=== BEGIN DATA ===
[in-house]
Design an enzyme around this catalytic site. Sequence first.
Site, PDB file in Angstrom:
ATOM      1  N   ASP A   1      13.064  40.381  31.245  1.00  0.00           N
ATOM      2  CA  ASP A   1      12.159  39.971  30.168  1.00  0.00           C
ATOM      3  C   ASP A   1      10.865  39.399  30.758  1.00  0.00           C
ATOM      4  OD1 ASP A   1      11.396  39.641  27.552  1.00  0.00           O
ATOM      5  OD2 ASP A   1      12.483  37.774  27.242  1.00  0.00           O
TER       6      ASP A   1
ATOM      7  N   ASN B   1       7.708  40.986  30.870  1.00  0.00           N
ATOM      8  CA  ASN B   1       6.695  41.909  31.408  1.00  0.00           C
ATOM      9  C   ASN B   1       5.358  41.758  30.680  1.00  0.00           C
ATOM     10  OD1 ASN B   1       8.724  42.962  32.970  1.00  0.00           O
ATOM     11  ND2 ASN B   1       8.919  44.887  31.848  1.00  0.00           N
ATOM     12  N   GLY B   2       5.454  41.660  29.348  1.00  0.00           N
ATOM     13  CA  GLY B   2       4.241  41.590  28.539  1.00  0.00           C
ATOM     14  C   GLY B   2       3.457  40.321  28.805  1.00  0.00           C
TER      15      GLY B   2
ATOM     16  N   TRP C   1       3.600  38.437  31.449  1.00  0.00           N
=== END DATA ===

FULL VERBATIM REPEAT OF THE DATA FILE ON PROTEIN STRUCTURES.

[in-house]
Design an enzyme around this catalytic site. Sequence first.
Site, PDB file in Angstrom:
ATOM      1  N   ASP A   1      13.064  40.381  31.245  1.00  0.00           N
ATOM      2  CA  ASP A   1      12.159  39.971  30.168  1.00  0.00           C
ATOM      3  C   ASP A   1      10.865  39.399  30.758  1.00  0.00           C
ATOM      4  OD1 ASP A   1      11.396  39.641  27.552  1.00  0.00           O
ATOM      5  OD2 ASP A   1      12.483  37.774  27.242  1.00  0.00           O
TER       6      ASP A   1
ATOM      7  N   ASN B   1       7.708  40.986  30.870  1.00  0.00           N
ATOM      8  CA  ASN B   1       6.695  41.909  31.408  1.00  0.00           C
ATOM      9  C   ASN B   1       5.358  41.758  30.680  1.00  0.00           C
ATOM     10  OD1 ASN B   1       8.724  42.962  32.970  1.00  0.00           O
ATOM     11  ND2 ASN B   1       8.919  44.887  31.848  1.00  0.00           N
ATOM     12  N   GLY B   2       5.454  41.660  29.348  1.00  0.00           N
ATOM     13  CA  GLY B   2       4.241  41.590  28.539  1.00  0.00           C
ATOM     14  C   GLY B   2       3.457  40.321  28.805  1.00  0.00           C
TER      15      GLY B   2
ATOM     16  N   TRP C   1       3.600  38.437  31.449  1.00  0.00           N